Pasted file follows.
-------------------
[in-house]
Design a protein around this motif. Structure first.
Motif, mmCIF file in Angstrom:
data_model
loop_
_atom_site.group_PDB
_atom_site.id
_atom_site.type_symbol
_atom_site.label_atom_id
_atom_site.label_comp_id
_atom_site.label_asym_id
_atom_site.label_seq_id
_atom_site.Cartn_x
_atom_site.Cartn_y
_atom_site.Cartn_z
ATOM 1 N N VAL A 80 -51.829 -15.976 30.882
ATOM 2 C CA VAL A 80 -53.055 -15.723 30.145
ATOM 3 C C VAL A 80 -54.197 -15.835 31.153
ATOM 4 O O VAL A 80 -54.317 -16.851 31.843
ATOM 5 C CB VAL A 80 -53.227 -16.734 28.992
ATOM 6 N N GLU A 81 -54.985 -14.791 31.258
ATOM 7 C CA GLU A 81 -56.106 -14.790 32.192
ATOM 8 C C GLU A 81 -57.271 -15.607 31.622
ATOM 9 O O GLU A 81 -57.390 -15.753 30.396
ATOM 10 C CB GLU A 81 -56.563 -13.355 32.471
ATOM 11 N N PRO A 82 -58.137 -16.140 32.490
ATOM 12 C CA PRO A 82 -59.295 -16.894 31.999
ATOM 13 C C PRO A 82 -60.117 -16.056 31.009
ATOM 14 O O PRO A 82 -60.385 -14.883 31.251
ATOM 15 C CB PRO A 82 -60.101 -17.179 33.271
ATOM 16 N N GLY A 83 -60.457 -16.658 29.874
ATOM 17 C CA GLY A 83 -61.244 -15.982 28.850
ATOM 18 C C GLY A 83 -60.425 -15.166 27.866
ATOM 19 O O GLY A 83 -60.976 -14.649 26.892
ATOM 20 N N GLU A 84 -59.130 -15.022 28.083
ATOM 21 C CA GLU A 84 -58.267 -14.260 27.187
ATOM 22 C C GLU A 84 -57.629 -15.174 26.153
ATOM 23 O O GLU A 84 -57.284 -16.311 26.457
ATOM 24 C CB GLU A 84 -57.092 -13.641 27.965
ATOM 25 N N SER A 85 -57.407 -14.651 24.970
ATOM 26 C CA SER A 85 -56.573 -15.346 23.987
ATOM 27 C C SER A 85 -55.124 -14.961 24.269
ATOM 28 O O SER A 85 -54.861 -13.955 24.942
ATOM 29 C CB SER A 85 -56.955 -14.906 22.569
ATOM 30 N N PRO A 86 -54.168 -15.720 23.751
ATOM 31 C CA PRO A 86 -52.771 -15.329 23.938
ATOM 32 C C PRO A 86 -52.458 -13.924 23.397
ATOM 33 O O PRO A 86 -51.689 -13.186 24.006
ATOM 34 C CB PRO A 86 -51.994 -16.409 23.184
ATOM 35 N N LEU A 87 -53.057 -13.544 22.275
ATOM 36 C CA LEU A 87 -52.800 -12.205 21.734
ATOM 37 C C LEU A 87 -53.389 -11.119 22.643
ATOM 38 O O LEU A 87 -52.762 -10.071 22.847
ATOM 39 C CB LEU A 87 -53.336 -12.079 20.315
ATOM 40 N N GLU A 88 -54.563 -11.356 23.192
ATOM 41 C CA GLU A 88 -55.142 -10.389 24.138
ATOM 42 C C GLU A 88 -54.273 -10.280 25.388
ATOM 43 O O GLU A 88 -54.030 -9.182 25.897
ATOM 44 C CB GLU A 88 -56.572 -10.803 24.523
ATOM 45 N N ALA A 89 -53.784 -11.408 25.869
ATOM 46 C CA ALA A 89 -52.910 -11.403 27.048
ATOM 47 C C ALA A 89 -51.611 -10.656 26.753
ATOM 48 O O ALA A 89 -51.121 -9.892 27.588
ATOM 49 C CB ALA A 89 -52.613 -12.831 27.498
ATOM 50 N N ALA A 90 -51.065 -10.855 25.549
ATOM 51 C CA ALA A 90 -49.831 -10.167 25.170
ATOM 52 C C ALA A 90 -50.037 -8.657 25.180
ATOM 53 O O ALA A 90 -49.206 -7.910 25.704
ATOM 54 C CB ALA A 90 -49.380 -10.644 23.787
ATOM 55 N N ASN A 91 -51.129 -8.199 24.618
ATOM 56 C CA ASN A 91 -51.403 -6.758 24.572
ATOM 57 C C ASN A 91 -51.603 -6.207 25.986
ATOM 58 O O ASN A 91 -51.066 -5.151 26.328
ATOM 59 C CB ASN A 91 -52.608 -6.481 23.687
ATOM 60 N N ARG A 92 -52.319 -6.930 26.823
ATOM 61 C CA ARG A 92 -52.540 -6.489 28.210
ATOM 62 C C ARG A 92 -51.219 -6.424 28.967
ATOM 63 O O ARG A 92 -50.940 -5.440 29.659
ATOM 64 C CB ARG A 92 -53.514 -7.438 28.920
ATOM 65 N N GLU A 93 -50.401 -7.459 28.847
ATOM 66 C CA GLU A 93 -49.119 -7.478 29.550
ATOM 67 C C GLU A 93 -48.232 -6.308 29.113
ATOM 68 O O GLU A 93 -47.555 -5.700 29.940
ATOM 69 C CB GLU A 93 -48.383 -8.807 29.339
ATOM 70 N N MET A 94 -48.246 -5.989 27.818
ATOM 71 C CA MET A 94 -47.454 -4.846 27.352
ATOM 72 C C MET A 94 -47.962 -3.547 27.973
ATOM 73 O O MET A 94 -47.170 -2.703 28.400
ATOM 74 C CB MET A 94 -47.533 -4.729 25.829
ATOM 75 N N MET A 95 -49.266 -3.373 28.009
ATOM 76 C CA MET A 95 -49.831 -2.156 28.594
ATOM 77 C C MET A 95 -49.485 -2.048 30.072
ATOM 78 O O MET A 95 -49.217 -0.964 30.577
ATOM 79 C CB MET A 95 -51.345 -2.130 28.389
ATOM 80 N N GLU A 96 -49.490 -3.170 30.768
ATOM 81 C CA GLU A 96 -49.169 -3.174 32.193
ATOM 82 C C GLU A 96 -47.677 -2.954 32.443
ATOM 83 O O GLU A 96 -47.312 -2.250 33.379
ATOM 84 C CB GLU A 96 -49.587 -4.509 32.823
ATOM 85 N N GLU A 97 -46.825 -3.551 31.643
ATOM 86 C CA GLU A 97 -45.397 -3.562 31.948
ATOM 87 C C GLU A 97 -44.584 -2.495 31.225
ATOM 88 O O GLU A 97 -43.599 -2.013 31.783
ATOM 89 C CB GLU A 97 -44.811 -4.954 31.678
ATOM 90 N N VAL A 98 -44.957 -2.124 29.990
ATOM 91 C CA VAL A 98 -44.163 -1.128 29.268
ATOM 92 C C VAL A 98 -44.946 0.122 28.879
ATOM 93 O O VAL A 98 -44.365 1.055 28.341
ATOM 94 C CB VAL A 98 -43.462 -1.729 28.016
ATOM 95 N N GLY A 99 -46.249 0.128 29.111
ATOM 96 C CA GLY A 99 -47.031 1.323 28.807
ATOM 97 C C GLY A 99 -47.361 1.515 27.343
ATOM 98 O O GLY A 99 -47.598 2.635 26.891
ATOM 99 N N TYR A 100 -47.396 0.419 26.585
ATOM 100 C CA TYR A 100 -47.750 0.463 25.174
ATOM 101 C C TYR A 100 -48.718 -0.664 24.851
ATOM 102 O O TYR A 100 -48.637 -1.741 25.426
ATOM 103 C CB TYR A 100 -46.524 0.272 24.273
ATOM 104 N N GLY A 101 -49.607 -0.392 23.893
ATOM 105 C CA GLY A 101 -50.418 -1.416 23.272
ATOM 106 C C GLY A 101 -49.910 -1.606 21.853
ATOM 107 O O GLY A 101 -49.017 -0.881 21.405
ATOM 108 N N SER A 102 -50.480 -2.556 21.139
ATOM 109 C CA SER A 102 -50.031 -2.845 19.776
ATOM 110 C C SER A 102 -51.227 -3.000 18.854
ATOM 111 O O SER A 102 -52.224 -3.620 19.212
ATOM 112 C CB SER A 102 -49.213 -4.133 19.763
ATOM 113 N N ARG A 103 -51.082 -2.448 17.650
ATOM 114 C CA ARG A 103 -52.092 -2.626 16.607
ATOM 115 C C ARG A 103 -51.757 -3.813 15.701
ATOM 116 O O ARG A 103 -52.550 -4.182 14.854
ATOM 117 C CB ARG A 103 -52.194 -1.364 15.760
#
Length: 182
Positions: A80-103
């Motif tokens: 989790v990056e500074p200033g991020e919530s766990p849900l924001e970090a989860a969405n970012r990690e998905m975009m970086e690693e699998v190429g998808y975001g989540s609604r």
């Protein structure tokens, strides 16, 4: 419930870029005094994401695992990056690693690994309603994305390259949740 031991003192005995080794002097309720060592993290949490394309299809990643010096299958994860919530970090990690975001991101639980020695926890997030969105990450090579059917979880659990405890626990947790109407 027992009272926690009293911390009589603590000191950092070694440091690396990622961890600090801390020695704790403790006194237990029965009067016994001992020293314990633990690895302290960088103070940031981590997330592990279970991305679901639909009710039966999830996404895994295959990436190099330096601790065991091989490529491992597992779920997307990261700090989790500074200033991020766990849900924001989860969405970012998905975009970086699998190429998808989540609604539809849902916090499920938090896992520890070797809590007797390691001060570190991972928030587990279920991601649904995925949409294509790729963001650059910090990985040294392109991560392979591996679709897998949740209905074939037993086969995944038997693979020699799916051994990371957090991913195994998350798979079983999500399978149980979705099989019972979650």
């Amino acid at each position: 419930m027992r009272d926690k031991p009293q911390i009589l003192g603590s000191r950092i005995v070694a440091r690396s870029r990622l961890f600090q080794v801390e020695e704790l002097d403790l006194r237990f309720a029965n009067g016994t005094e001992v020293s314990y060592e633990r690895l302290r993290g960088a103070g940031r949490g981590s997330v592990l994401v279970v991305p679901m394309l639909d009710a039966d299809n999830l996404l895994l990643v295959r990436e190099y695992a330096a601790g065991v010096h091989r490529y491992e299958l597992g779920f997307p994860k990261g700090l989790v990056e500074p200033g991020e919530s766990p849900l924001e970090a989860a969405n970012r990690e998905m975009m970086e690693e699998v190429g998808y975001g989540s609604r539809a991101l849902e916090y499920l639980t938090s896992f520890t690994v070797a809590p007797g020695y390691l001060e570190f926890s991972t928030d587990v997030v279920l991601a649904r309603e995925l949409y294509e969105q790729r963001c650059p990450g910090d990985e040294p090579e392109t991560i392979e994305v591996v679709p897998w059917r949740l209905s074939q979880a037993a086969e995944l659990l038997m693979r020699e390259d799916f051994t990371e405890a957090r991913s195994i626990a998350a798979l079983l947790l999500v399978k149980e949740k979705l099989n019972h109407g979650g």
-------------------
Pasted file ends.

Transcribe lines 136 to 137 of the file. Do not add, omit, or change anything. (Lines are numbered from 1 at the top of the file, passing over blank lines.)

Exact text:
């Motif tokens: 989790v990056e500074p200033g991020e919530s766990p849900l924001e970090a989860a969405n970012r990690e998905m975009m970086e690693e699998v190429g998808y975001g989540s609604r």
């Protein structure tokens, strides 16, 4: 419930870029005094994401695992990056690693690994309603994305390259949740 031991003192005995080794002097309720060592993290949490394309299809990643010096299958994860919530970090990690975001991101639980020695926890997030969105990450090579059917979880659990405890626990947790109407 027992009272926690009293911390009589603590000191950092070694440091690396990622961890600090801390020695704790403790006194237990029965009067016994001992020293314990633990690895302290960088103070940031981590997330592990279970991305679901639909009710039966999830996404895994295959990436190099330096601790065991091989490529491992597992779920997307990261700090989790500074200033991020766990849900924001989860969405970012998905975009970086699998190429998808989540609604539809849902916090499920938090896992520890070797809590007797390691001060570190991972928030587990279920991601649904995925949409294509790729963001650059910090990985040294392109991560392979591996679709897998949740209905074939037993086969995944038997693979020699799916051994990371957090991913195994998350798979079983999500399978149980979705099989019972979650």